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Plaintiff filed suit under 42 U.S.C. 1983 alleging that MTM's failure to pick him up violated his purported right to non-emergency medical transportation under various federal regulatory and statutory Medicaid provisions.The Fifth Circuit affirmed the district court's dismissal of plaintiff's claims, joining its sister circuits in holding that a section 1983 claim may not be brought to enforce an administrative regulation. The court explained that this conclusion is consistent with the principle that federal rights are created by Congress, not agencies of the Executive Branch, as the Supreme Court has affirmed on various occasions. The court also held that none of the statutory provisions invoked by plaintiff clearly and unambiguously create a right to non-emergency medical transportation, as established precedents require for a claim under section 1983. View "Thurman v. Medical Transportation Management, Inc." on Justia Law

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Appellant alleged that appellee played a key role as a strawman purchaser in a fraudulent land transfer where valuable property passed from a limited partnership, A&D, to another limited partnership in appellee's control, TAFI. Before the action was removed to federal court under bankruptcy jurisdiction, a Texas state trial court granted several evidentiary objections to appellant's detriment, dismissed his claims against appellee and TAFI on summary judgment, and expunged a notice of lis pendens that appellant had placed on the property.The Fifth Circuit found that the state trial court abused its discretion in granting the evidentiary objections and granting summary judgment despite there being issues of material fact with respect to all of appellant's claims. The court also found that the controversy surrounding the state court's expungement of the notice of lis pendens is moot because the property at issue was sold to a third party months after the trial court's expungement. Accordingly, the court affirmed in part, vacated in part, and remanded for further proceedings. View "Cohen v. Gilmore" on Justia Law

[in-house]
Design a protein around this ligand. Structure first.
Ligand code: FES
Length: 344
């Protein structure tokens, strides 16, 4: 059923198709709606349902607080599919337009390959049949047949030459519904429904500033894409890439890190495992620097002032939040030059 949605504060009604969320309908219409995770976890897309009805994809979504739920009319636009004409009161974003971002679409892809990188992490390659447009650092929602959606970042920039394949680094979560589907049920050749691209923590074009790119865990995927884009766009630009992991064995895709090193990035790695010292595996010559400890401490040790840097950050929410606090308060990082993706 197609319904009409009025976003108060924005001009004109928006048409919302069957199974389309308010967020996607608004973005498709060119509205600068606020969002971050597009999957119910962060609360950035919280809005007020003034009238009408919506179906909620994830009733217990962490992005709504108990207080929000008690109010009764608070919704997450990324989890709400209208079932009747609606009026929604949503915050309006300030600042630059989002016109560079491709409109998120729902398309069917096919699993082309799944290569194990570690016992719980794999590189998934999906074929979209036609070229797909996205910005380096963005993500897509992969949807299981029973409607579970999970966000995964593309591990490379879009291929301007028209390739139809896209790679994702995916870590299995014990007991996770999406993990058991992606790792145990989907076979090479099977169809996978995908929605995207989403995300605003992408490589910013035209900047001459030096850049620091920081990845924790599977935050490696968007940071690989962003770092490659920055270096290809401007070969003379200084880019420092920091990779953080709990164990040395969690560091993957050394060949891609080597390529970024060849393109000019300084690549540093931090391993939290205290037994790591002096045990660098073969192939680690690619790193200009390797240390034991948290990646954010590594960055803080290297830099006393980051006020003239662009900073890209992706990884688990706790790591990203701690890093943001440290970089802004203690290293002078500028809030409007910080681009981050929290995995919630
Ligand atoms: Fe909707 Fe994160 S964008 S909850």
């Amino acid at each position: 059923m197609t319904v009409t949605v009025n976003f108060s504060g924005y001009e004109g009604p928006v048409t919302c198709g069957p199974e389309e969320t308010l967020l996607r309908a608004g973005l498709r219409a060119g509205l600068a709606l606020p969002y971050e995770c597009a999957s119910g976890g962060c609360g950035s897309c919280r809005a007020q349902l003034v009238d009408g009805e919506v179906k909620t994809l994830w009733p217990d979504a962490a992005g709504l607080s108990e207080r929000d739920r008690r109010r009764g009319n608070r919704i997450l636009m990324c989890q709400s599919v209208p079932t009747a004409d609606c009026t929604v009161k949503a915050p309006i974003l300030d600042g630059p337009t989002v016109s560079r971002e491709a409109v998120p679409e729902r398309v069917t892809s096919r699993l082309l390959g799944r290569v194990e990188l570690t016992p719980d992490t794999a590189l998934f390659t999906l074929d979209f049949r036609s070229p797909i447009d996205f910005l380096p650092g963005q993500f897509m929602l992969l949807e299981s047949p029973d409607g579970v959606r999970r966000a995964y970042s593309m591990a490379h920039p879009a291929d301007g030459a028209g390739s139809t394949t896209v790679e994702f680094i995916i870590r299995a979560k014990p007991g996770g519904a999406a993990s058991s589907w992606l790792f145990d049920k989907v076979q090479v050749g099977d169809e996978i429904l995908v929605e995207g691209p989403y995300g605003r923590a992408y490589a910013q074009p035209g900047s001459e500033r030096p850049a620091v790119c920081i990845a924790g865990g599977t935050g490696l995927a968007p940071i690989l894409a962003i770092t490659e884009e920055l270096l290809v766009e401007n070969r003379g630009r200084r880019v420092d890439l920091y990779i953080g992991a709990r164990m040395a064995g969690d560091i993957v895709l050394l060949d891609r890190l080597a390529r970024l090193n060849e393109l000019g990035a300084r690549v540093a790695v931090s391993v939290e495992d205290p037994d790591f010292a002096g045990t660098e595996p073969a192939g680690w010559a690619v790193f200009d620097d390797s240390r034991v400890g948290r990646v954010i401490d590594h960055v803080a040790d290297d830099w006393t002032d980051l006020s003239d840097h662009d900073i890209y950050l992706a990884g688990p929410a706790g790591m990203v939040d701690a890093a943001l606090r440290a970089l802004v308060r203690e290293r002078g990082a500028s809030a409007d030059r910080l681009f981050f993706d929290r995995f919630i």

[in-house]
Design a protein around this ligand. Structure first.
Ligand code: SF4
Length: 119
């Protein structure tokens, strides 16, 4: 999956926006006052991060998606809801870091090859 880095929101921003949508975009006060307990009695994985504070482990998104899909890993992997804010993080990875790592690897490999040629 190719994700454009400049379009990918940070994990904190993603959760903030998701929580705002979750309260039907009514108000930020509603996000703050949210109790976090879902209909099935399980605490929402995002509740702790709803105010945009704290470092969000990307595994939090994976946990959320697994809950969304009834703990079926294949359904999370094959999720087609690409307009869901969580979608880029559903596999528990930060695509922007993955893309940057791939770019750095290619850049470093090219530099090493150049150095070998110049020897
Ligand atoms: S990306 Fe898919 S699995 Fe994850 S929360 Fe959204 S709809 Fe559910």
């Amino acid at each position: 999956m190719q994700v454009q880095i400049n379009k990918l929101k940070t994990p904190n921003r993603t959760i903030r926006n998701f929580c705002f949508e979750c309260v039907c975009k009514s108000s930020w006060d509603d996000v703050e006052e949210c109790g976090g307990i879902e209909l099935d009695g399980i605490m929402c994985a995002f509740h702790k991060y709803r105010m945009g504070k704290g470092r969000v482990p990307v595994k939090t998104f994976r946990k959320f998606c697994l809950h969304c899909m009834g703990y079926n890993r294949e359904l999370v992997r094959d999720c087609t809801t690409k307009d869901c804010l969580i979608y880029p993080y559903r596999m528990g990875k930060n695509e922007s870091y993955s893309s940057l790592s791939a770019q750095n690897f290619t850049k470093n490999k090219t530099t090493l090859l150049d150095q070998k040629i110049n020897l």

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The Fifth Circuit denied petitioner's application for a certificate of appealability (COA). Petitioner was sentenced to death for shooting and killing a police officer. The court held that petitioner's claims, that his sentence violates the Eighth and Fourteenth Amendments because it was based on the jury's unreliable and inaccurate predictions about his future dangerousness, are procedurally defaulted and substantively meritless. Likewise, petitioner's claim that his sentence violates the Due Process Clause is also procedurally defaulted and substantively meritless. Finally, petitioner's claim that the Eighth Amendment prohibits his execution because of how much time he has spent on death row is unexhausted and unreviewable in federal habeas. View "Buntion v. Lumpkin" on Justia Law